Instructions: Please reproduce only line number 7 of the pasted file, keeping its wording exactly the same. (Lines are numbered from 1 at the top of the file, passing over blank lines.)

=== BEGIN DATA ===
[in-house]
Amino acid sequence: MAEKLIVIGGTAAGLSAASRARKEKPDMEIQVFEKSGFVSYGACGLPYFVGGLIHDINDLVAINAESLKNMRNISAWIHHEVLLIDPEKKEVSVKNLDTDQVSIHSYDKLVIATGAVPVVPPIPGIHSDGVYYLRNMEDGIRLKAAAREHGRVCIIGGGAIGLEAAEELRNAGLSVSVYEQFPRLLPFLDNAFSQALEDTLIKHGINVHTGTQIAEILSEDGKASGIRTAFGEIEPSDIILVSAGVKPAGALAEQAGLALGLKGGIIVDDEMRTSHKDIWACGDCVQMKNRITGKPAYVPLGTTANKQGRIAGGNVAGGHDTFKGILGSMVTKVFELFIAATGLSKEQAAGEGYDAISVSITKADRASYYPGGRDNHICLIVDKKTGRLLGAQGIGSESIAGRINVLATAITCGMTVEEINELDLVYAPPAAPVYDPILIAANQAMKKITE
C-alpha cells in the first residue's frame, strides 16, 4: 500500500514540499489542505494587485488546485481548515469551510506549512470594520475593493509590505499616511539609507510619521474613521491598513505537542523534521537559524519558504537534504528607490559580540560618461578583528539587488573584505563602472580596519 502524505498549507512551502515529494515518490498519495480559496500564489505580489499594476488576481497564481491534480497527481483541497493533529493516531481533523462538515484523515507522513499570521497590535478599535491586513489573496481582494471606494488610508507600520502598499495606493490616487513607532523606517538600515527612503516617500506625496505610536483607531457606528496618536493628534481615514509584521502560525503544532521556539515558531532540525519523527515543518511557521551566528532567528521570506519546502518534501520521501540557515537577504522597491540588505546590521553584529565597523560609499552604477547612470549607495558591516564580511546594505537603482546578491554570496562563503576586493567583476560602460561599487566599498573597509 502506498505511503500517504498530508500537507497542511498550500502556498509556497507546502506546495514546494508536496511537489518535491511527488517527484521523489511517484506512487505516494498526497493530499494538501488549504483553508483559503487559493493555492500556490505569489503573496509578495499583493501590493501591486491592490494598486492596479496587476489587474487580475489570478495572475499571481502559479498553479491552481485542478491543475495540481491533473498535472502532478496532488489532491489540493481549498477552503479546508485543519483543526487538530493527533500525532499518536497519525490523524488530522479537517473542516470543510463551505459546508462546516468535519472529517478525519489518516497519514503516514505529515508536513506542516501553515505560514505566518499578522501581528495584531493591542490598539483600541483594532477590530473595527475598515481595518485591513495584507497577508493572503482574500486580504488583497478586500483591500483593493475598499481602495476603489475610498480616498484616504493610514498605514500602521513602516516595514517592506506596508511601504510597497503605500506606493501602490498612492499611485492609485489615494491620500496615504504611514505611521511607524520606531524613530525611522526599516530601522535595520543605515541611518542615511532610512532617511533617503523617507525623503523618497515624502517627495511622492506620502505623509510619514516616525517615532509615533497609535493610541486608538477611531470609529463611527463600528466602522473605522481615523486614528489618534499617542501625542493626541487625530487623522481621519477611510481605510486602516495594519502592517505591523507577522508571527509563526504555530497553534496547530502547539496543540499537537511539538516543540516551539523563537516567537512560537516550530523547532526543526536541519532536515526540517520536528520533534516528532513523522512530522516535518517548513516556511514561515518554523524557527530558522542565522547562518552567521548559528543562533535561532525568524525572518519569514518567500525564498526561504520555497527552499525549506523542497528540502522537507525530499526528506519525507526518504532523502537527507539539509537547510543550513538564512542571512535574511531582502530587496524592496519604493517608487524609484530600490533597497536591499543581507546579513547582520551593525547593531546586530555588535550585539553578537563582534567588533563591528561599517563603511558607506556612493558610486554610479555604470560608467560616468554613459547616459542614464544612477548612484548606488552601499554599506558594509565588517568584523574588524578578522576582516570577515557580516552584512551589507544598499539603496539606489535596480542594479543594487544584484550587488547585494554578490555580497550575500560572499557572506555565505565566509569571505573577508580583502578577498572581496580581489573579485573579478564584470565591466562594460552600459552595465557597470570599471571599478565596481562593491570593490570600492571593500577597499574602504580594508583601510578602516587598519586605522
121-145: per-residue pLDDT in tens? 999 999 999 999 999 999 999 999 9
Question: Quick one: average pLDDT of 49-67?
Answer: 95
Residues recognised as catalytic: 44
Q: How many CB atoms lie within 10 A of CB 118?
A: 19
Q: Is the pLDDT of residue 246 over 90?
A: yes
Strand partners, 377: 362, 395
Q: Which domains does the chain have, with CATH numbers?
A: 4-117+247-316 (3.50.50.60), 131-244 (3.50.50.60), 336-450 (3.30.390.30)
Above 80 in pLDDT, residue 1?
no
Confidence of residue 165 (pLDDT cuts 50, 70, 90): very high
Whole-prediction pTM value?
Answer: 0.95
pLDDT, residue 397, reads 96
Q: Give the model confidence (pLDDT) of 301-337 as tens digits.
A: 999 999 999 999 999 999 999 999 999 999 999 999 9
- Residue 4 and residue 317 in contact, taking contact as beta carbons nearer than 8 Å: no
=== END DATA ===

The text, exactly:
Residues recognised as catalytic: 44